Fourthly, what have patients been told in the light of insufficient evidence? It seems that many women may have been told breast implants were safe, but this was and is impossible to know. If women consented on the basis that the implants are safe, this is ethically indefensible.

Finally, could this happen again with other medical devices? Certainly, given the problems outlined. Regulation and postmarketing evidence requirements for the most risky devices, which are mainly those implanted in the body, need urgent review. Properly funded and maintained national and regional device registries are also needed immediately.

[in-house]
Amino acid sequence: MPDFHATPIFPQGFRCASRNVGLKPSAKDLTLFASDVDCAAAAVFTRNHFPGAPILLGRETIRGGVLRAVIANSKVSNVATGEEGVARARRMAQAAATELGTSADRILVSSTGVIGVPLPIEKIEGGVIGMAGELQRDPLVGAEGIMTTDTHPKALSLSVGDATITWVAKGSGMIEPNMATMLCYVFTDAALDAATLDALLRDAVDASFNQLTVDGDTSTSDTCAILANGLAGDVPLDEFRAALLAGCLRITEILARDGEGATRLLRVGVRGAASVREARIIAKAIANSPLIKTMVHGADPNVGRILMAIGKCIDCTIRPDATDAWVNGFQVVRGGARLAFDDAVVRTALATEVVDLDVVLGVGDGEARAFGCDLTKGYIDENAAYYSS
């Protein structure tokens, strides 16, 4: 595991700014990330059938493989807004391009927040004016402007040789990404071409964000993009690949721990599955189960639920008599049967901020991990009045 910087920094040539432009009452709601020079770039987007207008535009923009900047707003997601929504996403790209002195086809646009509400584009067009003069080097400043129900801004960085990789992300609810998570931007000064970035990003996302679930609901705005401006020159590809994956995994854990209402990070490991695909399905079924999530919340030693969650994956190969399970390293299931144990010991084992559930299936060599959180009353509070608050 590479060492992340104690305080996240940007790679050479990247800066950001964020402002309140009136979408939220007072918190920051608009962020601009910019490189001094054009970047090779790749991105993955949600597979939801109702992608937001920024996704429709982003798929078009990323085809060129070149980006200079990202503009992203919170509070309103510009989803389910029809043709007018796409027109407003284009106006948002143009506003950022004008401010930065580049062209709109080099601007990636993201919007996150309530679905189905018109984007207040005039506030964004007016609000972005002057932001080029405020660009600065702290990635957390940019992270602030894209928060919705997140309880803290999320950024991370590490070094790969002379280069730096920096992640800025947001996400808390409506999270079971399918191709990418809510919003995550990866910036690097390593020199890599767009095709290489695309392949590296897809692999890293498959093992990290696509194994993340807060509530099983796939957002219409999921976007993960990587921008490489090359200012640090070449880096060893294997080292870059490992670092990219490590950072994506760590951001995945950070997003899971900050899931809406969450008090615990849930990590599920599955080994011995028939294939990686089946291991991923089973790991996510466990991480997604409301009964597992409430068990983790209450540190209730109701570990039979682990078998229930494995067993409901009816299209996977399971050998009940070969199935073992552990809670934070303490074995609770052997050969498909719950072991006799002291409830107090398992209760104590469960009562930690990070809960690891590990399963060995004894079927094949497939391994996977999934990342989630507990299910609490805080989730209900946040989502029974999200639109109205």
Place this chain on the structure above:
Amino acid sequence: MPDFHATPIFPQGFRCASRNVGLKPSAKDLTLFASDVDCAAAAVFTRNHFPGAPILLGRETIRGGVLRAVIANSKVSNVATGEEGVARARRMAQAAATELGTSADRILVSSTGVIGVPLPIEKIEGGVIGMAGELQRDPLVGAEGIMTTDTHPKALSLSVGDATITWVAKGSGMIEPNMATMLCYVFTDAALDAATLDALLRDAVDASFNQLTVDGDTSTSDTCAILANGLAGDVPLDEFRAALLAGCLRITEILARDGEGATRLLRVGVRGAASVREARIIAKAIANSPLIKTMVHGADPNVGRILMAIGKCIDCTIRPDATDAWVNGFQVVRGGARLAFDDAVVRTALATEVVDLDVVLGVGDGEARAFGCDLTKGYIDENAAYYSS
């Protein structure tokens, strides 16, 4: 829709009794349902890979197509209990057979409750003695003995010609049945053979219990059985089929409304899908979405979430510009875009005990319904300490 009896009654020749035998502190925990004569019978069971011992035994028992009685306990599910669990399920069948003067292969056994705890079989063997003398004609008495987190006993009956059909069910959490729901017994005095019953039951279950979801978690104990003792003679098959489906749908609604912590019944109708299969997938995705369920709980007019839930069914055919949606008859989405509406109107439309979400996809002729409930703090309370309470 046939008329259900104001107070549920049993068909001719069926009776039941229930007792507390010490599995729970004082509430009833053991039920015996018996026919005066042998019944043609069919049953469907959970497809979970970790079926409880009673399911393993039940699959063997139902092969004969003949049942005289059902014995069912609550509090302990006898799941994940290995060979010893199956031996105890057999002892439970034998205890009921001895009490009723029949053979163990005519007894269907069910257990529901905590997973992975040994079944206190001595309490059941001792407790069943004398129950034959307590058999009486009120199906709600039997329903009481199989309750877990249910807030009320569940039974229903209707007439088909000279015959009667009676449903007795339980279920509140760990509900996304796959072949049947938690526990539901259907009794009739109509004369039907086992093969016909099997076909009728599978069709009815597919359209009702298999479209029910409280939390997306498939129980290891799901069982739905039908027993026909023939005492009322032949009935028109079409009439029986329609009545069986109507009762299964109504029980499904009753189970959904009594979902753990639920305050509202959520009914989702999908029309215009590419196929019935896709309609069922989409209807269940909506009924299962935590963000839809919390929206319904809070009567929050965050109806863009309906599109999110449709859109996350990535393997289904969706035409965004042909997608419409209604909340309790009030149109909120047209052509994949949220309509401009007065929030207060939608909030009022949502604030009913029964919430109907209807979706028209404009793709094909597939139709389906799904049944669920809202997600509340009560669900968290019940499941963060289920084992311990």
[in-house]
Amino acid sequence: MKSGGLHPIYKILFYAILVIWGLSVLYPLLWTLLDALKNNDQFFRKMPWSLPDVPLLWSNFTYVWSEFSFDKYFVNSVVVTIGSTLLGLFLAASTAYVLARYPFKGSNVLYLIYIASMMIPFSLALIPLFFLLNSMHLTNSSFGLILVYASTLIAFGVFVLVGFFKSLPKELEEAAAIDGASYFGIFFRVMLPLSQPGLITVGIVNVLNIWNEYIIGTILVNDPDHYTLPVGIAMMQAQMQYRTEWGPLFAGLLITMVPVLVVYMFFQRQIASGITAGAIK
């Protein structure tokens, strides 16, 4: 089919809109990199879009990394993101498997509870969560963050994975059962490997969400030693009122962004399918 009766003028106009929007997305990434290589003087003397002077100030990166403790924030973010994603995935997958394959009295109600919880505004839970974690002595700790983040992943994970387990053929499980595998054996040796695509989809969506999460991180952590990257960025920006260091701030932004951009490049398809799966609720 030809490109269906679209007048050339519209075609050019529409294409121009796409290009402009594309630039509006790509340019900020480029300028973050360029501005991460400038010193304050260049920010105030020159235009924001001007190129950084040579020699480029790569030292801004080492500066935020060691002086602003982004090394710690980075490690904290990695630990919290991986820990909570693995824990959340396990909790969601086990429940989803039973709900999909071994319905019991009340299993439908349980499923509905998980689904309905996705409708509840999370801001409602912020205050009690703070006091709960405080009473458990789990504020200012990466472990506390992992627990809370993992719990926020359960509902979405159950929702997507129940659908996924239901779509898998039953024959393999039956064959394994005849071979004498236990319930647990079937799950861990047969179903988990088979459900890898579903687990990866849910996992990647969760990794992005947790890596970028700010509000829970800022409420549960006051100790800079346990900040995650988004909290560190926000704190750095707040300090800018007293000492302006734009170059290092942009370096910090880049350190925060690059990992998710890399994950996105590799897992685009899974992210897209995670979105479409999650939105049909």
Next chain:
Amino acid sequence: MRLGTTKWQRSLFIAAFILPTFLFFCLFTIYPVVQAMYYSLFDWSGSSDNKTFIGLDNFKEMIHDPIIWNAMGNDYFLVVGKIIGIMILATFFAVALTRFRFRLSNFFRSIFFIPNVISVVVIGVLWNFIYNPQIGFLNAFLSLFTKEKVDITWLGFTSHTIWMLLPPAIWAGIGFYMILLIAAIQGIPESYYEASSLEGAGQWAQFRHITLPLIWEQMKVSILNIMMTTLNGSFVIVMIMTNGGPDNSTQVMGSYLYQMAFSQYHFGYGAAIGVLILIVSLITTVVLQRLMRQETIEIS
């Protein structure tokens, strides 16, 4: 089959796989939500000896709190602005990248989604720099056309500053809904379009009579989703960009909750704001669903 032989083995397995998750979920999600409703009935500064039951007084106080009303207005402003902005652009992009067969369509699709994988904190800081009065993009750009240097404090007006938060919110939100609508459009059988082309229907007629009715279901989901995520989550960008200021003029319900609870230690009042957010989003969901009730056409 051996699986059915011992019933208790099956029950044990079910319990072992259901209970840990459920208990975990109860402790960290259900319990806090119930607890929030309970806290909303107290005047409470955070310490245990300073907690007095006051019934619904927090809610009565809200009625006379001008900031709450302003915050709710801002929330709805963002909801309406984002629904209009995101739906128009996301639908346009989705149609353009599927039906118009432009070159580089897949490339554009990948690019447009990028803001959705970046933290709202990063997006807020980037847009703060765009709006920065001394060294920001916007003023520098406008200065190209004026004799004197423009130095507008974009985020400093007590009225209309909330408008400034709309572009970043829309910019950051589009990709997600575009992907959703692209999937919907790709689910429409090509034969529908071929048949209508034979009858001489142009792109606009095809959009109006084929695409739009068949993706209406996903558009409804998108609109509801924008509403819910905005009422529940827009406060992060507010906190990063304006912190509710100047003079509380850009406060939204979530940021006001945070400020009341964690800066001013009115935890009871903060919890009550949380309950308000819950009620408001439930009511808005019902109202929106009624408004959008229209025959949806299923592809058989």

Notes

Cite this as: BMJ 2012;344:e306

Footnotes

  • Competing interests: The author has completed the ICMJE uniform disclosure form at www.icmje.org/coi_disclosure.pdf (available on request from the corresponding author) and declares: no support from any organisation for the submitted work; no financial relationships with any organisations that might have an interest in the submitted work in the previous three years; no other relationships or activities that could appear to have influenced the submitted work.

  • Provenance and peer review: Commissioned; not externally peer reviewed.

References